He became suddenly a modest person" Thereafter Henry is not treated ironically until the conclusion of the next the third encounter with opposing troops. His response after that encounter, during which he fights and is commended by the lieutenant "If I had ten thousand wildcats like you …" , is markedly similar to his response after the very first encounter where he holds his ground. The manner of his fighting is the same too.

    In both instances he seems in a trancelike state "The youth in his battle sleep heard this [the comments of another soldier] as one who dozes hears" 42 and he is enraged. During the first encounter "A burning roar filled his ears. Following this came a red rage. He developed the acute exasperation of a pestered animal, a well-meaning cow worried by dogs" His response during the third encounter is quite the same. He had a wild hate for the relentless foe…. He was not going to be badgered of his life, like a kitten chased by boys, he said" Many verbal parallels exist between the two scenes, e.

    This parallels a sentence describing the third encounter: "His knowledge of his inability to take vengeance for it [his feeling that he is taunted] made his rage into a dark and stormy specter" As the first encounter ends, Henry returns to consciousness as one waking from a deep sleep. He came gradually back to a position from which he could regard himself.

    For moments he had been scrutinizing his person in a dazed way as if he had never before seen himself" As he regards the meaning of his experience, he concludes: "So it was all over at last! The supreme trial had been passed. The red, formidable difficulties of war had been vanquished. He went into an ecstasy of self-satisfaction" Henry's conclusion is retrospectively ironic because we know that during the next encounter, shortly after this moment, he flees.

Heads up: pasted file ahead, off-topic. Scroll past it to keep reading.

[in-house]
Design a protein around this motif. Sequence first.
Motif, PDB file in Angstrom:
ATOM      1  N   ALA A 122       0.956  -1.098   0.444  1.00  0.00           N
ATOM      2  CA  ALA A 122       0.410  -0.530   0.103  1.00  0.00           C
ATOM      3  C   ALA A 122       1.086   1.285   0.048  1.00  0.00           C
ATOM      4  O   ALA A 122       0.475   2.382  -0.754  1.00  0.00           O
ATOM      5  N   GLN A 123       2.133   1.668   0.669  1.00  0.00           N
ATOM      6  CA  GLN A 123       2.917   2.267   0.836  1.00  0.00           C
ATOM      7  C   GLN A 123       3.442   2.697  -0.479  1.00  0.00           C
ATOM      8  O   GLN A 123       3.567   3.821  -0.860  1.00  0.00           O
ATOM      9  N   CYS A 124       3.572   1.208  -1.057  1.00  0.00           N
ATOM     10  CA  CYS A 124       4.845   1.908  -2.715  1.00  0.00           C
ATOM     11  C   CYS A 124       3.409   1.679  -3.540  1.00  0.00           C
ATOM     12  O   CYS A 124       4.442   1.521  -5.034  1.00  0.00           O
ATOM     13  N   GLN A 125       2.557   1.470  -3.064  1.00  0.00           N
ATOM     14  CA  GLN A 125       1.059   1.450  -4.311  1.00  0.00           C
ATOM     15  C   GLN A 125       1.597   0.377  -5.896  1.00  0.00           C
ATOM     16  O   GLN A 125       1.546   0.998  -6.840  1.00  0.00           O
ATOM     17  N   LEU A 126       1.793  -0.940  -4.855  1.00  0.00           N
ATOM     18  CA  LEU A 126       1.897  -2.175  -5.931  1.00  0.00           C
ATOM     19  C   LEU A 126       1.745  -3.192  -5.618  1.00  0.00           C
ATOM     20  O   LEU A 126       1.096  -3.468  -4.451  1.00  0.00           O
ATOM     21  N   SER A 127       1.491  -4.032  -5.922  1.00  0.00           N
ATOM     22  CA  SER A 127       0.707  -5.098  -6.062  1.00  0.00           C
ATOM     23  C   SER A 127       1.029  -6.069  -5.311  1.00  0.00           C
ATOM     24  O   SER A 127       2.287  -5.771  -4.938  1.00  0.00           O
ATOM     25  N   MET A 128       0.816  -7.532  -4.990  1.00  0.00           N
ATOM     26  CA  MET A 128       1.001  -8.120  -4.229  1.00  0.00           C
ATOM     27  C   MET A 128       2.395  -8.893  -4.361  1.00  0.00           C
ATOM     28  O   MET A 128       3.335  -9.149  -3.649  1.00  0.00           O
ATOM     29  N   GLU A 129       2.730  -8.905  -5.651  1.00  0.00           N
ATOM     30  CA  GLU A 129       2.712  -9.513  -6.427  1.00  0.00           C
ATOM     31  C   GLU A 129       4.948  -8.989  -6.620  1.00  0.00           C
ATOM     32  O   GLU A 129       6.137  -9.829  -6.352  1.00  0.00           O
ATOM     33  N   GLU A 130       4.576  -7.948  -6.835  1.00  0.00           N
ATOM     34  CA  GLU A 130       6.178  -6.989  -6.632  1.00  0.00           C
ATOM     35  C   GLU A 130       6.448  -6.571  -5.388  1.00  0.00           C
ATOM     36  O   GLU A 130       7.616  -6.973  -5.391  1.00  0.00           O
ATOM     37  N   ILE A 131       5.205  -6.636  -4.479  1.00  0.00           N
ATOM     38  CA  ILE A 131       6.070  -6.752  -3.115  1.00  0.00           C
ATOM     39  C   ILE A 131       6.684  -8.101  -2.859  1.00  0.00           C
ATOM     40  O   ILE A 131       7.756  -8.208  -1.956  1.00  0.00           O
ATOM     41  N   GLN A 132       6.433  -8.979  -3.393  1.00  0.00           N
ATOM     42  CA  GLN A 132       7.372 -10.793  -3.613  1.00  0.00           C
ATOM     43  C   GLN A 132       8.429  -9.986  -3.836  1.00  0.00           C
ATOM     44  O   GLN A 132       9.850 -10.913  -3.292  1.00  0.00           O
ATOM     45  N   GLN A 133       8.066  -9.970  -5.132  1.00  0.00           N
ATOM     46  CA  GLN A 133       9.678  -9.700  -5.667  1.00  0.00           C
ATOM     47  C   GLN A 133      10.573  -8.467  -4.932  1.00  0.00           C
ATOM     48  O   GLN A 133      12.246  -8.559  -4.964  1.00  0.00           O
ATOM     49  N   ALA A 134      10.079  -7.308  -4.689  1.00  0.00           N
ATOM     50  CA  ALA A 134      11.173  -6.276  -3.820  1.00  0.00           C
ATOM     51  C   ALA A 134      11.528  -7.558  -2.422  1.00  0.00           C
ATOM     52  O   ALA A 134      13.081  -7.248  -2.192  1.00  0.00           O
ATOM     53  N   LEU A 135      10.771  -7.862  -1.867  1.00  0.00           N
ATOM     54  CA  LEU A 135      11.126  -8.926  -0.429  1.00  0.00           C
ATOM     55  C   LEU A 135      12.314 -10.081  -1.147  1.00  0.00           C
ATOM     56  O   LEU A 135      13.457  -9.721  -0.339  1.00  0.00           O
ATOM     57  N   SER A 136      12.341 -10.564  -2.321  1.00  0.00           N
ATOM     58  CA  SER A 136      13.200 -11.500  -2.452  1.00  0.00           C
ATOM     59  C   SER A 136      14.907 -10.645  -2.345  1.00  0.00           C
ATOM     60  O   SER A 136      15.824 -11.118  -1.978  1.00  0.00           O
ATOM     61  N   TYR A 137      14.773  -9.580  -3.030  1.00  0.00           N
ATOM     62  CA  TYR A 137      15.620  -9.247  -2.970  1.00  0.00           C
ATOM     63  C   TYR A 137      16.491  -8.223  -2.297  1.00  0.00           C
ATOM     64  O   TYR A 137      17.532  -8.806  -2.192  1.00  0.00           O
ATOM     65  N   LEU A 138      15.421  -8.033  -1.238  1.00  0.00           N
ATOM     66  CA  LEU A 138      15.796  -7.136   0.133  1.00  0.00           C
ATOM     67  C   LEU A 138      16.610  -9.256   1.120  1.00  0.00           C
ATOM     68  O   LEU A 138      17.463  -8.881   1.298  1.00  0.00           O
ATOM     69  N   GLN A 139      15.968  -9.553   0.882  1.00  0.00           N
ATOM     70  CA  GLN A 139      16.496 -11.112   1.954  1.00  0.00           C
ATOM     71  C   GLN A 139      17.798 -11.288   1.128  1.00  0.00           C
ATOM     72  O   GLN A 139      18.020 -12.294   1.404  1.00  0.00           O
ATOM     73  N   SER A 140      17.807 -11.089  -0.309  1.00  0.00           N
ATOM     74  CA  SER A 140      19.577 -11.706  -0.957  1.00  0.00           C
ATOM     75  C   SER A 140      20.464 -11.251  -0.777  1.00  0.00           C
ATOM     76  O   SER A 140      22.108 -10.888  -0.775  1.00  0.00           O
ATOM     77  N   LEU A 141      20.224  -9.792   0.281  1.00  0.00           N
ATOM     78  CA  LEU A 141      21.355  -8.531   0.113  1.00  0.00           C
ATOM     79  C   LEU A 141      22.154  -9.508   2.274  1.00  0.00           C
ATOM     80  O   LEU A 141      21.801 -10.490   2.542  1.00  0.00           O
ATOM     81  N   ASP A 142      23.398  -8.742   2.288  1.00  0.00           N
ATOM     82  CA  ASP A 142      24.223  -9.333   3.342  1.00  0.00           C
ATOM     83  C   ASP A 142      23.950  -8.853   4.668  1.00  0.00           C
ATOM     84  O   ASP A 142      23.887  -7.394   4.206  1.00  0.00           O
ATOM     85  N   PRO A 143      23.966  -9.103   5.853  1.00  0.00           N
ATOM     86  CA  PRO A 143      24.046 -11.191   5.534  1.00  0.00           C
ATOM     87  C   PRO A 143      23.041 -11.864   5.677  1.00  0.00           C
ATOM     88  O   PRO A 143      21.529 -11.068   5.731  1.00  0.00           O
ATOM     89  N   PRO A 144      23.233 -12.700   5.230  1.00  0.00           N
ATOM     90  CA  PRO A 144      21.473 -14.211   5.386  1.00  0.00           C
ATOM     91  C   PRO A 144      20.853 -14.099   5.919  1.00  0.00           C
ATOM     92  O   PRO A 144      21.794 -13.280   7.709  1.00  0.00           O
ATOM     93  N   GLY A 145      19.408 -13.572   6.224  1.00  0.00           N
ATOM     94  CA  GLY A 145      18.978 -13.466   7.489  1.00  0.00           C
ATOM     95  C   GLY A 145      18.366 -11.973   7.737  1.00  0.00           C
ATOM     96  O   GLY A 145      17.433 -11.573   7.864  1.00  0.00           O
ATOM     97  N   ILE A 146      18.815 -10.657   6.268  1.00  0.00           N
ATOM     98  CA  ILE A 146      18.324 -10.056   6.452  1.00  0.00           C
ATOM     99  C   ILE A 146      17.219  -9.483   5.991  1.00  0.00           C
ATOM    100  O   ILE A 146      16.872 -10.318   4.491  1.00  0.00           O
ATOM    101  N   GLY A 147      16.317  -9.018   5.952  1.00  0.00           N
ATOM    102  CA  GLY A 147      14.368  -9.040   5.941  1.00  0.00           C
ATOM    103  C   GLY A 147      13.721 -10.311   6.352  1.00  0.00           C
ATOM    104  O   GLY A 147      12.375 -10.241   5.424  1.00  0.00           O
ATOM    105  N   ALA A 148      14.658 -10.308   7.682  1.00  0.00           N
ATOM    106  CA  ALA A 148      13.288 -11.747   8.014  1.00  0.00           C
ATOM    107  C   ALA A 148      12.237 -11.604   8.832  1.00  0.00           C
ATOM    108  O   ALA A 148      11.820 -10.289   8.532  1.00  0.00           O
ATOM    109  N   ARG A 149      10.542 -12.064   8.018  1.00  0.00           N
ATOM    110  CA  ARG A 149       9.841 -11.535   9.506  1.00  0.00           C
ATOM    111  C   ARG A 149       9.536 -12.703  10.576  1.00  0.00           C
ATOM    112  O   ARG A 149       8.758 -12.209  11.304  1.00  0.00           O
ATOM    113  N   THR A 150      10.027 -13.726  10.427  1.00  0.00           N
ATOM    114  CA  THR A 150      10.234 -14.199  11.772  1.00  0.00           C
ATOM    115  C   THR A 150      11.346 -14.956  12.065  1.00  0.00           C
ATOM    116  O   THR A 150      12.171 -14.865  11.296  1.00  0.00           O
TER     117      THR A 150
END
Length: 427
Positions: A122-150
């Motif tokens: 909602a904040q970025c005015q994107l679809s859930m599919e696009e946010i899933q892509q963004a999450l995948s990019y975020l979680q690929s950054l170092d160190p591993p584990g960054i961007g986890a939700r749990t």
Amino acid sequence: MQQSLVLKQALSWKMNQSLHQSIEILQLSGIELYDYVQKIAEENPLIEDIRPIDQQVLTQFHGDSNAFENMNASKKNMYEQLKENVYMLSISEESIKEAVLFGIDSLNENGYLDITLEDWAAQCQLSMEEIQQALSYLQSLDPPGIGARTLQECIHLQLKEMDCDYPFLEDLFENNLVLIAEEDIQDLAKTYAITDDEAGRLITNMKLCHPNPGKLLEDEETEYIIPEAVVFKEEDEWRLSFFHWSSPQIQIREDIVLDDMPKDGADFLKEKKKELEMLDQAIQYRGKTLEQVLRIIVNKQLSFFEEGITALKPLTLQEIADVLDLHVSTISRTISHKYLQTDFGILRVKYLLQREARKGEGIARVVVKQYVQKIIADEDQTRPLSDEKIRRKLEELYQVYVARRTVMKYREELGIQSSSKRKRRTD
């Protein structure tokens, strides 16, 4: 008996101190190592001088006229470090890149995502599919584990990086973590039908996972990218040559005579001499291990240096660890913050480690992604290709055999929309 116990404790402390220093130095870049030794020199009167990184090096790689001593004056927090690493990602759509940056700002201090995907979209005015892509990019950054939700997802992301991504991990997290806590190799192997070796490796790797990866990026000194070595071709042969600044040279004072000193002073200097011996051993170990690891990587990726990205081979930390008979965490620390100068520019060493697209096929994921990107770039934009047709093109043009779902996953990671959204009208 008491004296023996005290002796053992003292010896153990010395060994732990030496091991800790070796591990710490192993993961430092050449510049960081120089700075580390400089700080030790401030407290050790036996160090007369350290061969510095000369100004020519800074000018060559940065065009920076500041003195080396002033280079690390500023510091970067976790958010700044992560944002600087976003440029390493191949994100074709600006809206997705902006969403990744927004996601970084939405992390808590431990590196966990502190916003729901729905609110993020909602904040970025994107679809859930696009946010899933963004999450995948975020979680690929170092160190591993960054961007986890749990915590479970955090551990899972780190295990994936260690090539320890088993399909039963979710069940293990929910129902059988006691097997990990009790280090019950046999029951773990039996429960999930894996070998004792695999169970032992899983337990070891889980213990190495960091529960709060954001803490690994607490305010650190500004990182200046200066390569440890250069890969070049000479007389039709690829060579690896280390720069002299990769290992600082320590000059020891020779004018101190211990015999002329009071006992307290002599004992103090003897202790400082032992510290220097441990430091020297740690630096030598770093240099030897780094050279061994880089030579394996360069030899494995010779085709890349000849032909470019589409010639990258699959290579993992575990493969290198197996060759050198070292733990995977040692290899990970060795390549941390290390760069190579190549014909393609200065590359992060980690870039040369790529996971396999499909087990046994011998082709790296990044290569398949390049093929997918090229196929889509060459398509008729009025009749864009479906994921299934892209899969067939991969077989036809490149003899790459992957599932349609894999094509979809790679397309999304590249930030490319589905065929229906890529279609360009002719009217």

At the end of the third encounter, again Henry considers the meaning of his battle experience and his conclusions are essentially the same as after the first. It was revealed to him that he had been a barbarian, a beast. He had fought like a pagan who defends his religion…. He had been a tremendous figure no doubt…. He had overcome obstacles…. They had fallen like paper peaks and he was now what he called a hero. He had slept, and, awakening, found himself a knight. He lay and basked in the occasional stares of his comrades" The irony of the parallels between the earlier encounter and the later one is multifaceted.

    First of all, there is irony in the fact that Henry does not recognize that his responses in the two cases have been nearly identical, for if he did, he would not on the second occasion announce to himself that his problem is solved. He would have remembered that, after his first encounter when he believed "the difficulties of war have been vanquished," he fled. He therefore should recognize that the real test is in the next encounter, when he will see how he acts; whether he will run as in the encounter following the first occasion when he felt he was no longer afraid.